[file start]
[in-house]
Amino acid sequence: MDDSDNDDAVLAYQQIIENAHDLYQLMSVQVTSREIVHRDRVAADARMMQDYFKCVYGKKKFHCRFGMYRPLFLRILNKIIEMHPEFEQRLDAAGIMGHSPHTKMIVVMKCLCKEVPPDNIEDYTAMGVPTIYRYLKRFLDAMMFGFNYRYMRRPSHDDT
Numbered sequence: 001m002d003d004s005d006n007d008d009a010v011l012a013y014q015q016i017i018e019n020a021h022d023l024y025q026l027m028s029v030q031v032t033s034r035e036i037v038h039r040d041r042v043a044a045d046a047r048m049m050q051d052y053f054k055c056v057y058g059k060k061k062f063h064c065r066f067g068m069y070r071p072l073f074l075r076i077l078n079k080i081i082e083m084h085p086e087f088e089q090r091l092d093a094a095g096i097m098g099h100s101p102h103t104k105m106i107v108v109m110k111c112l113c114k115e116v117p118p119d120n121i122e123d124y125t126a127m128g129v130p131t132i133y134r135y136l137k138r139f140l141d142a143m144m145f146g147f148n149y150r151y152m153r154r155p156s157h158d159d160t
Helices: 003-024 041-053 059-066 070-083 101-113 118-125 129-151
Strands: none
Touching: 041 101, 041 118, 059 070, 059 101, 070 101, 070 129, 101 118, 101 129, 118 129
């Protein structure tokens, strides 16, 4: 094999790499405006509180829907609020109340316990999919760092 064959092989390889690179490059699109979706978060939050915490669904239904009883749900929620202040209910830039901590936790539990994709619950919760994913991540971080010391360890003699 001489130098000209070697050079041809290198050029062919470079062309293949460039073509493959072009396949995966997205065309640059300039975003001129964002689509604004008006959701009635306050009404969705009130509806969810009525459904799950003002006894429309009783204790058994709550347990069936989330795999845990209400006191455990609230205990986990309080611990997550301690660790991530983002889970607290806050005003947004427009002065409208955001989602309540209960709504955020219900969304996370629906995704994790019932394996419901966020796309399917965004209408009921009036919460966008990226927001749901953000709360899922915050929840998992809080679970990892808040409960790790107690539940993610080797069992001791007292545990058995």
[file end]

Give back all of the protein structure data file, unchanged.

[in-house]
Amino acid sequence: MDDSDNDDAVLAYQQIIENAHDLYQLMSVQVTSREIVHRDRVAADARMMQDYFKCVYGKKKFHCRFGMYRPLFLRILNKIIEMHPEFEQRLDAAGIMGHSPHTKMIVVMKCLCKEVPPDNIEDYTAMGVPTIYRYLKRFLDAMMFGFNYRYMRRPSHDDT
Numbered sequence: 001m002d003d004s005d006n007d008d009a010v011l012a013y014q015q016i017i018e019n020a021h022d023l024y025q026l027m028s029v030q031v032t033s034r035e036i037v038h039r040d041r042v043a044a045d046a047r048m049m050q051d052y053f054k055c056v057y058g059k060k061k062f063h064c065r066f067g068m069y070r071p072l073f074l075r076i077l078n079k080i081i082e083m084h085p086e087f088e089q090r091l092d093a094a095g096i097m098g099h100s101p102h103t104k105m106i107v108v109m110k111c112l113c114k115e116v117p118p119d120n121i122e123d124y125t126a127m128g129v130p131t132i133y134r135y136l137k138r139f140l141d142a143m144m145f146g147f148n149y150r151y152m153r154r155p156s157h158d159d160t
Helices: 003-024 041-053 059-066 070-083 101-113 118-125 129-151
Strands: none
Touching: 041 101, 041 118, 059 070, 059 101, 070 101, 070 129, 101 118, 101 129, 118 129
């Protein structure tokens, strides 16, 4: 094999790499405006509180829907609020109340316990999919760092 064959092989390889690179490059699109979706978060939050915490669904239904009883749900929620202040209910830039901590936790539990994709619950919760994913991540971080010391360890003699 001489130098000209070697050079041809290198050029062919470079062309293949460039073509493959072009396949995966997205065309640059300039975003001129964002689509604004008006959701009635306050009404969705009130509806969810009525459904799950003002006894429309009783204790058994709550347990069936989330795999845990209400006191455990609230205990986990309080611990997550301690660790991530983002889970607290806050005003947004427009002065409208955001989602309540209960709504955020219900969304996370629906995704994790019932394996419901966020796309399917965004209408009921009036919460966008990226927001749901953000709360899922915050929840998992809080679970990892808040409960790790107690539940993610080797069992001791007292545990058995």